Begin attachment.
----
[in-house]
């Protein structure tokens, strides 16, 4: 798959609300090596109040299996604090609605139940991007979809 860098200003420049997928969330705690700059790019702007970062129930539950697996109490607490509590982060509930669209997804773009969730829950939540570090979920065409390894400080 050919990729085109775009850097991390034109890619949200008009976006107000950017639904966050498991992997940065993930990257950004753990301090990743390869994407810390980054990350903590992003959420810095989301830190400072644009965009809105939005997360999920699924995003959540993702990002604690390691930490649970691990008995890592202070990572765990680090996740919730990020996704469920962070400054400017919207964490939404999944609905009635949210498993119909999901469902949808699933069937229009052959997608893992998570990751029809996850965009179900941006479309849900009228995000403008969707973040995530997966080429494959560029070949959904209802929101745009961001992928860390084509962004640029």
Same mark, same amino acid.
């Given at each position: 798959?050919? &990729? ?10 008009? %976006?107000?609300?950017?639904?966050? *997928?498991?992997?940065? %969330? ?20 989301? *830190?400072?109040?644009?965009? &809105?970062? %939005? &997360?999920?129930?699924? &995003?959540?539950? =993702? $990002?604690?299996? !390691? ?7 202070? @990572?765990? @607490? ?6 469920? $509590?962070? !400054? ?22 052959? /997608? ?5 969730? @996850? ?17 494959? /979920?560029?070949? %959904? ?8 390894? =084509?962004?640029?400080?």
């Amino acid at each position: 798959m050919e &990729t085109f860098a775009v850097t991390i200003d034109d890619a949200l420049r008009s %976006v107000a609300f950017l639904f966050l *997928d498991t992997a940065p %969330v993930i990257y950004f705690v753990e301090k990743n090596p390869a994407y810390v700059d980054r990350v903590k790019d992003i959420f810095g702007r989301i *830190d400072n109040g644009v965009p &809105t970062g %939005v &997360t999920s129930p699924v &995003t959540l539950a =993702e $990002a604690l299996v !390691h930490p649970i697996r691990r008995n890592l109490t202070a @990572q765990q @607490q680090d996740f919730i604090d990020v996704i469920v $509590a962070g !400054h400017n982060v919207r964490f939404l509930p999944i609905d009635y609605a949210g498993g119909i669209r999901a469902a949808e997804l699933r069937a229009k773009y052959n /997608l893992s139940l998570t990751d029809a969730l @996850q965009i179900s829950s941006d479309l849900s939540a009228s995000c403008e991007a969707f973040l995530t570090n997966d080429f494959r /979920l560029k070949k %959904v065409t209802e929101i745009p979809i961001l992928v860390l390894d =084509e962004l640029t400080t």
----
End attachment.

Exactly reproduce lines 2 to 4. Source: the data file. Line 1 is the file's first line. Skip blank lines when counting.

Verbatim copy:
């Protein structure tokens, strides 16, 4: 798959609300090596109040299996604090609605139940991007979809 860098200003420049997928969330705690700059790019702007970062129930539950697996109490607490509590982060509930669209997804773009969730829950939540570090979920065409390894400080 050919990729085109775009850097991390034109890619949200008009976006107000950017639904966050498991992997940065993930990257950004753990301090990743390869994407810390980054990350903590992003959420810095989301830190400072644009965009809105939005997360999920699924995003959540993702990002604690390691930490649970691990008995890592202070990572765990680090996740919730990020996704469920962070400054400017919207964490939404999944609905009635949210498993119909999901469902949808699933069937229009052959997608893992998570990751029809996850965009179900941006479309849900009228995000403008969707973040995530997966080429494959560029070949959904209802929101745009961001992928860390084509962004640029």
Same mark, same amino acid.
């Given at each position: 798959?050919? &990729? ?10 008009? %976006?107000?609300?950017?639904?966050? *997928?498991?992997?940065? %969330? ?20 989301? *830190?400072?109040?644009?965009? &809105?970062? %939005? &997360?999920?129930?699924? &995003?959540?539950? =993702? $990002?604690?299996? !390691? ?7 202070? @990572?765990? @607490? ?6 469920? $509590?962070? !400054? ?22 052959? /997608? ?5 969730? @996850? ?17 494959? /979920?560029?070949? %959904? ?8 390894? =084509?962004?640029?400080?």